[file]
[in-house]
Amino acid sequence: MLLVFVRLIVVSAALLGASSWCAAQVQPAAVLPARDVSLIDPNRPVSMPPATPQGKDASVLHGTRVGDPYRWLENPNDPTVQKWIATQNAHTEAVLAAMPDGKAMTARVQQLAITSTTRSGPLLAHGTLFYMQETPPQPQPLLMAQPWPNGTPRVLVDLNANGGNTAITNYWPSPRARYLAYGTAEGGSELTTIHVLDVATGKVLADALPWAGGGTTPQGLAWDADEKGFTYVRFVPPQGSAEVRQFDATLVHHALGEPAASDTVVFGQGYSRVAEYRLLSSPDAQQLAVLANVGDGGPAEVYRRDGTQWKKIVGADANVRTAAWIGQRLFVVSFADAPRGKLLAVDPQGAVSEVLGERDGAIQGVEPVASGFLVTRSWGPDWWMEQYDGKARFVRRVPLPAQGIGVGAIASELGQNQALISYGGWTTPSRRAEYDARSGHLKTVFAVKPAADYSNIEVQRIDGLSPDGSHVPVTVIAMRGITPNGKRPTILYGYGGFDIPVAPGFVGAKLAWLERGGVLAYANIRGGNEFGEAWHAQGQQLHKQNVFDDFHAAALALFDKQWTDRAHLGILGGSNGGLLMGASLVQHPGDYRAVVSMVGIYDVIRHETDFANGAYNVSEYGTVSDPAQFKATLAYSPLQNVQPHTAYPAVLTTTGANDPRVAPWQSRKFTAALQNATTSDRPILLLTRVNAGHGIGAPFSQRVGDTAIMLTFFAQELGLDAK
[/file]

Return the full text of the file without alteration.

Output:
[in-house]
Amino acid sequence: MLLVFVRLIVVSAALLGASSWCAAQVQPAAVLPARDVSLIDPNRPVSMPPATPQGKDASVLHGTRVGDPYRWLENPNDPTVQKWIATQNAHTEAVLAAMPDGKAMTARVQQLAITSTTRSGPLLAHGTLFYMQETPPQPQPLLMAQPWPNGTPRVLVDLNANGGNTAITNYWPSPRARYLAYGTAEGGSELTTIHVLDVATGKVLADALPWAGGGTTPQGLAWDADEKGFTYVRFVPPQGSAEVRQFDATLVHHALGEPAASDTVVFGQGYSRVAEYRLLSSPDAQQLAVLANVGDGGPAEVYRRDGTQWKKIVGADANVRTAAWIGQRLFVVSFADAPRGKLLAVDPQGAVSEVLGERDGAIQGVEPVASGFLVTRSWGPDWWMEQYDGKARFVRRVPLPAQGIGVGAIASELGQNQALISYGGWTTPSRRAEYDARSGHLKTVFAVKPAADYSNIEVQRIDGLSPDGSHVPVTVIAMRGITPNGKRPTILYGYGGFDIPVAPGFVGAKLAWLERGGVLAYANIRGGNEFGEAWHAQGQQLHKQNVFDDFHAAALALFDKQWTDRAHLGILGGSNGGLLMGASLVQHPGDYRAVVSMVGIYDVIRHETDFANGAYNVSEYGTVSDPAQFKATLAYSPLQNVQPHTAYPAVLTTTGANDPRVAPWQSRKFTAALQNATTSDRPILLLTRVNAGHGIGAPFSQRVGDTAIMLTFFAQELGLDAK